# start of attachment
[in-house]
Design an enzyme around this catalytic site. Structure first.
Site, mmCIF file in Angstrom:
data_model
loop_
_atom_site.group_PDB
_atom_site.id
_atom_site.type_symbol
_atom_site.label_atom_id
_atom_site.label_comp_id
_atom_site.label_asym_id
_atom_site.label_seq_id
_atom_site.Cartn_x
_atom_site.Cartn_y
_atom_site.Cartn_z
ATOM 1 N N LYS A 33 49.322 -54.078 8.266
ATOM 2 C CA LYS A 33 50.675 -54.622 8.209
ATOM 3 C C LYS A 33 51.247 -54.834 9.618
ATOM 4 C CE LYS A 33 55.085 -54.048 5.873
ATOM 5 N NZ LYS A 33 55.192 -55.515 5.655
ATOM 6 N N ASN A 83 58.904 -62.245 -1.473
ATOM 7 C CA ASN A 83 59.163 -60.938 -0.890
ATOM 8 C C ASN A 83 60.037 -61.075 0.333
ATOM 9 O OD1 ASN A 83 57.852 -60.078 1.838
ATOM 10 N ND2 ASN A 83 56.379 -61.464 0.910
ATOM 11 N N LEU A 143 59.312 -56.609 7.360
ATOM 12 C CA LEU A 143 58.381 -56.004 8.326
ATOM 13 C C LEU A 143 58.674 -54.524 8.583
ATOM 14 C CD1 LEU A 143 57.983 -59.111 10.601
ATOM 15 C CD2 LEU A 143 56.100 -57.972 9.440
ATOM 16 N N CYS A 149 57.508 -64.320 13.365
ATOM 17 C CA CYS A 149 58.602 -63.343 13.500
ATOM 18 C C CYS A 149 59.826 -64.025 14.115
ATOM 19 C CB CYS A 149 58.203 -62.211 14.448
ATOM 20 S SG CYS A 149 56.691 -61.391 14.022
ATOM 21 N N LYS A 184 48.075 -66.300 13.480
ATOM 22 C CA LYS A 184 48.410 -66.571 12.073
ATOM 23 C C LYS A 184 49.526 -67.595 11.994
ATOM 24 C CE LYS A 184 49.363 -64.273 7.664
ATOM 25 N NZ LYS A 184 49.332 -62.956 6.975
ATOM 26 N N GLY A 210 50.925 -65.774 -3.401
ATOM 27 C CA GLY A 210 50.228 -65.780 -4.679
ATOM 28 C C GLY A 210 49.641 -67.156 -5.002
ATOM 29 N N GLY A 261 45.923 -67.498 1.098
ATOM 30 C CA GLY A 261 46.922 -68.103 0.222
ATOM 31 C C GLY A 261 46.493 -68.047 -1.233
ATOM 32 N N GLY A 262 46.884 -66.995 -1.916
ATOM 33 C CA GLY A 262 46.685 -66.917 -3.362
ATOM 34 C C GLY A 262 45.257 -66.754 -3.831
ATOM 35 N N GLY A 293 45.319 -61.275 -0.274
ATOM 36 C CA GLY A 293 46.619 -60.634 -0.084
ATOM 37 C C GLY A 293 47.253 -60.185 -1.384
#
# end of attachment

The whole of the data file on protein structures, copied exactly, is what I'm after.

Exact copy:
[in-house]
Design an enzyme around this catalytic site. Structure first.
Site, mmCIF file in Angstrom:
data_model
loop_
_atom_site.group_PDB
_atom_site.id
_atom_site.type_symbol
_atom_site.label_atom_id
_atom_site.label_comp_id
_atom_site.label_asym_id
_atom_site.label_seq_id
_atom_site.Cartn_x
_atom_site.Cartn_y
_atom_site.Cartn_z
ATOM 1 N N LYS A 33 49.322 -54.078 8.266
ATOM 2 C CA LYS A 33 50.675 -54.622 8.209
ATOM 3 C C LYS A 33 51.247 -54.834 9.618
ATOM 4 C CE LYS A 33 55.085 -54.048 5.873
ATOM 5 N NZ LYS A 33 55.192 -55.515 5.655
ATOM 6 N N ASN A 83 58.904 -62.245 -1.473
ATOM 7 C CA ASN A 83 59.163 -60.938 -0.890
ATOM 8 C C ASN A 83 60.037 -61.075 0.333
ATOM 9 O OD1 ASN A 83 57.852 -60.078 1.838
ATOM 10 N ND2 ASN A 83 56.379 -61.464 0.910
ATOM 11 N N LEU A 143 59.312 -56.609 7.360
ATOM 12 C CA LEU A 143 58.381 -56.004 8.326
ATOM 13 C C LEU A 143 58.674 -54.524 8.583
ATOM 14 C CD1 LEU A 143 57.983 -59.111 10.601
ATOM 15 C CD2 LEU A 143 56.100 -57.972 9.440
ATOM 16 N N CYS A 149 57.508 -64.320 13.365
ATOM 17 C CA CYS A 149 58.602 -63.343 13.500
ATOM 18 C C CYS A 149 59.826 -64.025 14.115
ATOM 19 C CB CYS A 149 58.203 -62.211 14.448
ATOM 20 S SG CYS A 149 56.691 -61.391 14.022
ATOM 21 N N LYS A 184 48.075 -66.300 13.480
ATOM 22 C CA LYS A 184 48.410 -66.571 12.073
ATOM 23 C C LYS A 184 49.526 -67.595 11.994
ATOM 24 C CE LYS A 184 49.363 -64.273 7.664
ATOM 25 N NZ LYS A 184 49.332 -62.956 6.975
ATOM 26 N N GLY A 210 50.925 -65.774 -3.401
ATOM 27 C CA GLY A 210 50.228 -65.780 -4.679
ATOM 28 C C GLY A 210 49.641 -67.156 -5.002
ATOM 29 N N GLY A 261 45.923 -67.498 1.098
ATOM 30 C CA GLY A 261 46.922 -68.103 0.222
ATOM 31 C C GLY A 261 46.493 -68.047 -1.233
ATOM 32 N N GLY A 262 46.884 -66.995 -1.916
ATOM 33 C CA GLY A 262 46.685 -66.917 -3.362
ATOM 34 C C GLY A 262 45.257 -66.754 -3.831
ATOM 35 N N GLY A 293 45.319 -61.275 -0.274
ATOM 36 C CA GLY A 293 46.619 -60.634 -0.084
ATOM 37 C C GLY A 293 47.253 -60.185 -1.384
#